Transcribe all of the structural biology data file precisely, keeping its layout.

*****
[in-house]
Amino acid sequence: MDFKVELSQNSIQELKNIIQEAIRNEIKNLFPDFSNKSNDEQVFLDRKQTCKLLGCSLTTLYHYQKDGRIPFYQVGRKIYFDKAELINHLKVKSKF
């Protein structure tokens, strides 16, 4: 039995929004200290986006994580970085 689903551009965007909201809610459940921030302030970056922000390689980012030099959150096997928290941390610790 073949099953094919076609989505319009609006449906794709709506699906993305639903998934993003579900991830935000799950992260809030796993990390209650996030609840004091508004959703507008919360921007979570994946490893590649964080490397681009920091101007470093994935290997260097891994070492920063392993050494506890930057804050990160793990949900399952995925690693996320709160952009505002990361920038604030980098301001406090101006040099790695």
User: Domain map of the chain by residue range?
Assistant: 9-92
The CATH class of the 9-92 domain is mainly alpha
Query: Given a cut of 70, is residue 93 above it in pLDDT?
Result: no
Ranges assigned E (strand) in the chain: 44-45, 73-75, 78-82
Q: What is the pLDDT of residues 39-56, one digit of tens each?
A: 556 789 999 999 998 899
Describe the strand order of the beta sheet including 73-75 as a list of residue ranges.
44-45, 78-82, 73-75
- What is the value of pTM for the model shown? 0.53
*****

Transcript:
[in-house]
Amino acid sequence: MDFKVELSQNSIQELKNIIQEAIRNEIKNLFPDFSNKSNDEQVFLDRKQTCKLLGCSLTTLYHYQKDGRIPFYQVGRKIYFDKAELINHLKVKSKF
């Protein structure tokens, strides 16, 4: 039995929004200290986006994580970085 689903551009965007909201809610459940921030302030970056922000390689980012030099959150096997928290941390610790 073949099953094919076609989505319009609006449906794709709506699906993305639903998934993003579900991830935000799950992260809030796993990390209650996030609840004091508004959703507008919360921007979570994946490893590649964080490397681009920091101007470093994935290997260097891994070492920063392993050494506890930057804050990160793990949900399952995925690693996320709160952009505002990361920038604030980098301001406090101006040099790695």
User: Domain map of the chain by residue range?
Assistant: 9-92
The CATH class of the 9-92 domain is mainly alpha
Query: Given a cut of 70, is residue 93 above it in pLDDT?
Result: no
Ranges assigned E (strand) in the chain: 44-45, 73-75, 78-82
Q: What is the pLDDT of residues 39-56, one digit of tens each?
A: 556 789 999 999 998 899
Describe the strand order of the beta sheet including 73-75 as a list of residue ranges.
44-45, 78-82, 73-75
- What is the value of pTM for the model shown? 0.53